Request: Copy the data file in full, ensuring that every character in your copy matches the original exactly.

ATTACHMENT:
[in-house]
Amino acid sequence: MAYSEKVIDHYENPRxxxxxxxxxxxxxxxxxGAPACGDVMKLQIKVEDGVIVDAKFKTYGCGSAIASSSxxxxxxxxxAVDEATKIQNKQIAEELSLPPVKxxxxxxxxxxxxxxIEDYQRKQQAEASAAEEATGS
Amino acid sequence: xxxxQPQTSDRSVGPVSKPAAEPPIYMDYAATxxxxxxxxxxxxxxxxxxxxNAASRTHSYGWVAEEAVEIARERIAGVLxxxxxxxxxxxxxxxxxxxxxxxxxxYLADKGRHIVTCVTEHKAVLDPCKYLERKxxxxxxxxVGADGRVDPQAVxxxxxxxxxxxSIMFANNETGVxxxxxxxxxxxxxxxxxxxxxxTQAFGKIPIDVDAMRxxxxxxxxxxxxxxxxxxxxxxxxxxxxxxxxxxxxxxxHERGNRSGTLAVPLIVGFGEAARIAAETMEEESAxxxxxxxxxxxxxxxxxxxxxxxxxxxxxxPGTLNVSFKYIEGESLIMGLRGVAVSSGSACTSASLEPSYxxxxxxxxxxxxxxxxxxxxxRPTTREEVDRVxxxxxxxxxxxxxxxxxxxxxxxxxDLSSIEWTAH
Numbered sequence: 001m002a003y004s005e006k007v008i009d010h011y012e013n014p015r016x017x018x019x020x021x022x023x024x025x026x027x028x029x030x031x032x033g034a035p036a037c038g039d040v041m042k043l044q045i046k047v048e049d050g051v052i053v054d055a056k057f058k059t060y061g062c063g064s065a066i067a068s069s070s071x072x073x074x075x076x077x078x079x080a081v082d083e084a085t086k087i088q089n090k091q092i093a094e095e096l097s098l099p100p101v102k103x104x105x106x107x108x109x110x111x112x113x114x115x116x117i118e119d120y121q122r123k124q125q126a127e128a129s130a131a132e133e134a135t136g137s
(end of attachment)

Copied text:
[in-house]
Amino acid sequence: MAYSEKVIDHYENPRxxxxxxxxxxxxxxxxxGAPACGDVMKLQIKVEDGVIVDAKFKTYGCGSAIASSSxxxxxxxxxAVDEATKIQNKQIAEELSLPPVKxxxxxxxxxxxxxxIEDYQRKQQAEASAAEEATGS
Amino acid sequence: xxxxQPQTSDRSVGPVSKPAAEPPIYMDYAATxxxxxxxxxxxxxxxxxxxxNAASRTHSYGWVAEEAVEIARERIAGVLxxxxxxxxxxxxxxxxxxxxxxxxxxYLADKGRHIVTCVTEHKAVLDPCKYLERKxxxxxxxxVGADGRVDPQAVxxxxxxxxxxxSIMFANNETGVxxxxxxxxxxxxxxxxxxxxxxTQAFGKIPIDVDAMRxxxxxxxxxxxxxxxxxxxxxxxxxxxxxxxxxxxxxxxHERGNRSGTLAVPLIVGFGEAARIAAETMEEESAxxxxxxxxxxxxxxxxxxxxxxxxxxxxxxPGTLNVSFKYIEGESLIMGLRGVAVSSGSACTSASLEPSYxxxxxxxxxxxxxxxxxxxxxRPTTREEVDRVxxxxxxxxxxxxxxxxxxxxxxxxxDLSSIEWTAH
Numbered sequence: 001m002a003y004s005e006k007v008i009d010h011y012e013n014p015r016x017x018x019x020x021x022x023x024x025x026x027x028x029x030x031x032x033g034a035p036a037c038g039d040v041m042k043l044q045i046k047v048e049d050g051v052i053v054d055a056k057f058k059t060y061g062c063g064s065a066i067a068s069s070s071x072x073x074x075x076x077x078x079x080a081v082d083e084a085t086k087i088q089n090k091q092i093a094e095e096l097s098l099p100p101v102k103x104x105x106x107x108x109x110x111x112x113x114x115x116x117i118e119d120y121q122r123k124q125q126a127e128a129s130a131a132e133e134a135t136g137s